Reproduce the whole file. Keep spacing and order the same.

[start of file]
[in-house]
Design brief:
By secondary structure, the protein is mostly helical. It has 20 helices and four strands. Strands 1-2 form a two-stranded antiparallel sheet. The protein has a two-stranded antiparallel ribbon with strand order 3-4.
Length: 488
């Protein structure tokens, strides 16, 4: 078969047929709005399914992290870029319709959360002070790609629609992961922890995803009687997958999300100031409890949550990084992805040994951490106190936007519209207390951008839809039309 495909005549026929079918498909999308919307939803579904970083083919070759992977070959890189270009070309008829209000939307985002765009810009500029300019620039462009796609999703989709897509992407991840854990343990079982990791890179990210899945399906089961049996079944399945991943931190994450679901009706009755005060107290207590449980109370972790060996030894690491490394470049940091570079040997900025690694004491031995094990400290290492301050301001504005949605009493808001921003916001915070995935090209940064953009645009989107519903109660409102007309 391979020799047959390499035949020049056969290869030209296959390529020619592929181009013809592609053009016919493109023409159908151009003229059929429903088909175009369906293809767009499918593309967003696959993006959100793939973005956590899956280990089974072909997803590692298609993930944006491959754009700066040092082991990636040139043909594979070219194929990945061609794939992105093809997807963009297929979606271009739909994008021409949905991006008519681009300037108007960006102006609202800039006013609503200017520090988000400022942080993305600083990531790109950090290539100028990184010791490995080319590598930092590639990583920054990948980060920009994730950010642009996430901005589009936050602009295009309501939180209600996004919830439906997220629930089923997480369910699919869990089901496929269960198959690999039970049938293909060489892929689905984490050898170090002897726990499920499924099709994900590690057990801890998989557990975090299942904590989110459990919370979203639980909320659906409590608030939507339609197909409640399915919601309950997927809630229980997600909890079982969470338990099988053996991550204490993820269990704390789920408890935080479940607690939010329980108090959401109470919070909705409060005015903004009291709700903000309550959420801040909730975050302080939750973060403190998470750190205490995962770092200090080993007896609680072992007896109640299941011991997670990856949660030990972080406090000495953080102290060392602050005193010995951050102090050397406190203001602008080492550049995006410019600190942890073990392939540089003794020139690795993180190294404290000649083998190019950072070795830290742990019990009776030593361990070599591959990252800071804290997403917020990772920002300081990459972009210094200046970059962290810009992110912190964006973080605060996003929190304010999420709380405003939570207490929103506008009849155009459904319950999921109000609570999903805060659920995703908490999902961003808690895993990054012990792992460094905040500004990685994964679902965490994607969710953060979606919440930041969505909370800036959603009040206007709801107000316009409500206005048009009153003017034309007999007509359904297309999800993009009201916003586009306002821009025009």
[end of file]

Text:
[in-house]
Design brief:
By secondary structure, the protein is mostly helical. It has 20 helices and four strands. Strands 1-2 form a two-stranded antiparallel sheet. The protein has a two-stranded antiparallel ribbon with strand order 3-4.
Length: 488
């Protein structure tokens, strides 16, 4: 078969047929709005399914992290870029319709959360002070790609629609992961922890995803009687997958999300100031409890949550990084992805040994951490106190936007519209207390951008839809039309 495909005549026929079918498909999308919307939803579904970083083919070759992977070959890189270009070309008829209000939307985002765009810009500029300019620039462009796609999703989709897509992407991840854990343990079982990791890179990210899945399906089961049996079944399945991943931190994450679901009706009755005060107290207590449980109370972790060996030894690491490394470049940091570079040997900025690694004491031995094990400290290492301050301001504005949605009493808001921003916001915070995935090209940064953009645009989107519903109660409102007309 391979020799047959390499035949020049056969290869030209296959390529020619592929181009013809592609053009016919493109023409159908151009003229059929429903088909175009369906293809767009499918593309967003696959993006959100793939973005956590899956280990089974072909997803590692298609993930944006491959754009700066040092082991990636040139043909594979070219194929990945061609794939992105093809997807963009297929979606271009739909994008021409949905991006008519681009300037108007960006102006609202800039006013609503200017520090988000400022942080993305600083990531790109950090290539100028990184010791490995080319590598930092590639990583920054990948980060920009994730950010642009996430901005589009936050602009295009309501939180209600996004919830439906997220629930089923997480369910699919869990089901496929269960198959690999039970049938293909060489892929689905984490050898170090002897726990499920499924099709994900590690057990801890998989557990975090299942904590989110459990919370979203639980909320659906409590608030939507339609197909409640399915919601309950997927809630229980997600909890079982969470338990099988053996991550204490993820269990704390789920408890935080479940607690939010329980108090959401109470919070909705409060005015903004009291709700903000309550959420801040909730975050302080939750973060403190998470750190205490995962770092200090080993007896609680072992007896109640299941011991997670990856949660030990972080406090000495953080102290060392602050005193010995951050102090050397406190203001602008080492550049995006410019600190942890073990392939540089003794020139690795993180190294404290000649083998190019950072070795830290742990019990009776030593361990070599591959990252800071804290997403917020990772920002300081990459972009210094200046970059962290810009992110912190964006973080605060996003929190304010999420709380405003939570207490929103506008009849155009459904319950999921109000609570999903805060659920995703908490999902961003808690895993990054012990792992460094905040500004990685994964679902965490994607969710953060979606919440930041969505909370800036959603009040206007709801107000316009409500206005048009009153003017034309007999007509359904297309999800993009009201916003586009306002821009025009």